Apple Cider Brine
For some reason, apples and pork go well together, which is why this apple cider brine
makes pork chops taste so darned good!
This pork chop brine has a lot going for it - a balance of tartness and sweetness, great apple flavor, and a few choice herbs and spices.
This brine isn't strictly for brining pork chops, either. Any cut of pork will get a good shot of flavor when soaked in this sweet, tart, aromatic liquid.
Apple Cider Brine Recipe for Pork
This pork brine recipe makes enough for 3 to 4 pounds of pork chops, or country style ribs, or pork steaks, or pork loin...you get the idea! It's a good all around brine for just about any pork you plan to grill or smoke.
1 quart apple cider
1/4 cup apple cider vinegar
2 tablespoons sugar
2 tablespoons kosher salt
2 teaspoons fresh thyme
2 teaspoon fresh basil
1/2 teaspoon white pepper
Stir all ingredients together until sugar is completely dissolved. Marinate thinner cuts like chops and steaks for one or two hours, baby back and country style ribs two to four hours. Thicker cuts like pork loins and Boston butts can go four to eight hours.
A general guideline I use for brining time is to give meats approximately 1 hour of brining time for each 1/2 inch of thickness. Any more than that can cause the meat to become too salty, but as with any recipe, use experience to guide your final decision. Personal taste comes into play, so what seems too salty for one person may be perfect for another. If your grilled or smoked brined pork has too much or too little of the flavor you want, brine for a longer or shorter time the next time you use the brine recipe.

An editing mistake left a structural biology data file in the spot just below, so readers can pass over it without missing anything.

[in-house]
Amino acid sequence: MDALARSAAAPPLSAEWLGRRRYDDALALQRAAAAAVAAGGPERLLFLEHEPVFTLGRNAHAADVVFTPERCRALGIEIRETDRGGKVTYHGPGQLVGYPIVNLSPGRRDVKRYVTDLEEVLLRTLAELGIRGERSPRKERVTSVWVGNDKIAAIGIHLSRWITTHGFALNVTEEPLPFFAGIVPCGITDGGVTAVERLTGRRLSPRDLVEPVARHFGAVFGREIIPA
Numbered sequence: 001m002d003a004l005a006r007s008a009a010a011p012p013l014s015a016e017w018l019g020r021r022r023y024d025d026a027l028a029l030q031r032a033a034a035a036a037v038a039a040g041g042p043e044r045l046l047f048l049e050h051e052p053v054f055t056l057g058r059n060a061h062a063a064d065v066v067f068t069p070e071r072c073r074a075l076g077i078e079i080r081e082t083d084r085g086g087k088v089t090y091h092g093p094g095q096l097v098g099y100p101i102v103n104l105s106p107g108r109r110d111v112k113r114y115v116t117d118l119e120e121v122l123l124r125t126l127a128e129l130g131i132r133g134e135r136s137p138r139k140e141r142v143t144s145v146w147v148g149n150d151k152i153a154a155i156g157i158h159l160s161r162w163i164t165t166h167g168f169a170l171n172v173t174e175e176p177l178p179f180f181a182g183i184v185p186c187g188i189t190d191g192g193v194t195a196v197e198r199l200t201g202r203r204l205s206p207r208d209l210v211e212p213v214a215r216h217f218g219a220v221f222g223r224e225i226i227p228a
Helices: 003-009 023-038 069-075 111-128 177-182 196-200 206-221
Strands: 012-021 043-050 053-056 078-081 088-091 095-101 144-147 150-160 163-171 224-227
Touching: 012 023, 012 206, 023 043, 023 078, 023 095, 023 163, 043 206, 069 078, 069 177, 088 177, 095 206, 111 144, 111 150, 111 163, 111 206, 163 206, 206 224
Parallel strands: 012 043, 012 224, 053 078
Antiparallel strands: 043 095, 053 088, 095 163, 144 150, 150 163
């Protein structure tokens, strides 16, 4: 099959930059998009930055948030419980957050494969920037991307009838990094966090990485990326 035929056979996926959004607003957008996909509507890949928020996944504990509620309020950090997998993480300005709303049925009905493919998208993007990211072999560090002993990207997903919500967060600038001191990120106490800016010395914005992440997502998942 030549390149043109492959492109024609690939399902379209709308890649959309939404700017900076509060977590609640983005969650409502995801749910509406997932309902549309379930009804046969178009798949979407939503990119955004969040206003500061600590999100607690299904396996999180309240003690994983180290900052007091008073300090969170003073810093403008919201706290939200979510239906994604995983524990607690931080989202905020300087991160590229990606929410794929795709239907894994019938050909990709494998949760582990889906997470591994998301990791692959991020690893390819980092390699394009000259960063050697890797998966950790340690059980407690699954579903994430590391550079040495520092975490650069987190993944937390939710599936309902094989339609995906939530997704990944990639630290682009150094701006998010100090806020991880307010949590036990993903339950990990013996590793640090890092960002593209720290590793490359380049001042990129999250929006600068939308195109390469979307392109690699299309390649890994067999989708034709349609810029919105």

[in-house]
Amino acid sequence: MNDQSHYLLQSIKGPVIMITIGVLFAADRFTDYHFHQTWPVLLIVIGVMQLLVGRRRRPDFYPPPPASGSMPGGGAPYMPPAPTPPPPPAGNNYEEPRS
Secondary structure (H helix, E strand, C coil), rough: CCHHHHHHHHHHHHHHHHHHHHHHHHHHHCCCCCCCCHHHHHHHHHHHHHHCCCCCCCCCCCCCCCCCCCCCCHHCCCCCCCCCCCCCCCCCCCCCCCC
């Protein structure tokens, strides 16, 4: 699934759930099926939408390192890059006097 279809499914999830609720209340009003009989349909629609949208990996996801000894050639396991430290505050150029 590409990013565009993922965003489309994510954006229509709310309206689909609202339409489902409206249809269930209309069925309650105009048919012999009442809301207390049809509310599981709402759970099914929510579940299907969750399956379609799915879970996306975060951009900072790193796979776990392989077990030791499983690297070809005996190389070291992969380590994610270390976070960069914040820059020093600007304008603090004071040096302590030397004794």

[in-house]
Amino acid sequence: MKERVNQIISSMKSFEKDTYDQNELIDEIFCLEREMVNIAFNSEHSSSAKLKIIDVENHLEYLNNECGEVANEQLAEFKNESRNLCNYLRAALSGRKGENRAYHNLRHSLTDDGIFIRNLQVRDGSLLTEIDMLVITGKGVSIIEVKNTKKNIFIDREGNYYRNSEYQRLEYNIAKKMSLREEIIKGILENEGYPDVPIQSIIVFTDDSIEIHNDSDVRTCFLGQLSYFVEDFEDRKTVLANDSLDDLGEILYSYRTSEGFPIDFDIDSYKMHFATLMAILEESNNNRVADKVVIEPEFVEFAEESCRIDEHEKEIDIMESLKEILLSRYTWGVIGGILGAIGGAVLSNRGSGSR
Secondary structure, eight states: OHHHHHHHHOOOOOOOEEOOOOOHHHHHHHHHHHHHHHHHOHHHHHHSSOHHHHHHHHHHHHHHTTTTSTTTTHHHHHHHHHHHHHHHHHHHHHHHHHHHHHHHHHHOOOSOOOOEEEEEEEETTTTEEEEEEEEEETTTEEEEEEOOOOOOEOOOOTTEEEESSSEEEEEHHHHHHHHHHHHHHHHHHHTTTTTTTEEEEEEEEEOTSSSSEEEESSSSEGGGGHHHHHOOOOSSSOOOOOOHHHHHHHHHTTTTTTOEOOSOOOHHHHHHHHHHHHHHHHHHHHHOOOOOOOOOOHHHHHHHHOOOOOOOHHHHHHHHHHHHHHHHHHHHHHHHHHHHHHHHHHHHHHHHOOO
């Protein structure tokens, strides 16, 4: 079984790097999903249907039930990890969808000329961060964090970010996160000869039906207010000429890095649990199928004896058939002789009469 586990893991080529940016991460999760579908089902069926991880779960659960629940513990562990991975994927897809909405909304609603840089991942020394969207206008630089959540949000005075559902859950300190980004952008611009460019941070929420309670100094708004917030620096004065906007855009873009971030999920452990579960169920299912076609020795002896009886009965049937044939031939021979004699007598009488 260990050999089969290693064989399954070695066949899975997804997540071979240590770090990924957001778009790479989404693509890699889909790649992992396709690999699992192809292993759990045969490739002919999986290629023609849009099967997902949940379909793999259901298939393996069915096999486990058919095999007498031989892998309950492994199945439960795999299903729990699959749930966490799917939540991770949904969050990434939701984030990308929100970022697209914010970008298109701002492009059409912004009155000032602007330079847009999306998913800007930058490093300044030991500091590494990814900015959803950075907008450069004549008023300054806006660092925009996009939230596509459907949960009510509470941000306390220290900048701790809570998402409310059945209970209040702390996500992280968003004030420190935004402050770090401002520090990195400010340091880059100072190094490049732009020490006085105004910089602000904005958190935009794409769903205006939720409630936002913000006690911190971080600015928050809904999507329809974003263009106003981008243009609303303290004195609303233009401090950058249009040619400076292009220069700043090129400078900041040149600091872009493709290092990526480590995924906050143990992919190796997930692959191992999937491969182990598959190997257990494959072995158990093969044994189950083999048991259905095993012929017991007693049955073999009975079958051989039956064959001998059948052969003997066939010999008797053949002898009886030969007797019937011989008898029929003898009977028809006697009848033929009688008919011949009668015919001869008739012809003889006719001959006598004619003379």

The brined pork can now go to either the grill or the smoker.
If you're grilling, cook over medium-high direct heat for just long enough on each side to give the meat a bit of brown crust, then transfer to the cool part of the grill and cook with indirect heat until done.
Pork chops and steak will require 30 minutes to 1 hour, depending on grill temperature and meat thickness. A whole pork loin will take from 1 to 2 hours. Use a good meat thermometer, removing the loin when it reaches about 155 degrees. Any higher and the pork will begin to dry out.
More Pork Recipes
You may enjoy one of these recipes, too.
Cranberry Pork Loin
- One and one-half inch thick slices of pork loin are grilled and topped with a zesty Cranberry-Orange sauce.
Teriyaki Pork Chops
- Chops are soaked in a homemade teriyaki marinade, then grilled to perfection.
Grilled Pork Kabobs
- Cubed pork and veggies are skewered and grilled for a fun, easy to eat dish.
Smoked Pork Tenderloin
- A marinated tenderloin is smoked until almost done, the finished at high temperature in the grill or oven to brown..
Pulled Pork Recipe
- A pork butt or Boston butt is slathered with mustard and spices, then smoked to its juicy and tender best.
Pork Dry Rub
- A good, all around seasoning for chops, steaks and loins.
Would you prefer your apple cider brine
pork smoked? (I know I would!) Hickory, apple and cherry wood make for some great smoke flavor here. Keep your smoker in the 225-250 degree range.
If it's thick pork chops or a nice pork loin you're smoking, bring the internal temp just up to 155 degrees - a nice medium level of doneness. A Boston butt has the best flavor if it's brought up to 190 degrees, or even 200 degrees. At that temperature, the fat and connective tissues begin melting, releasing their great flavor.
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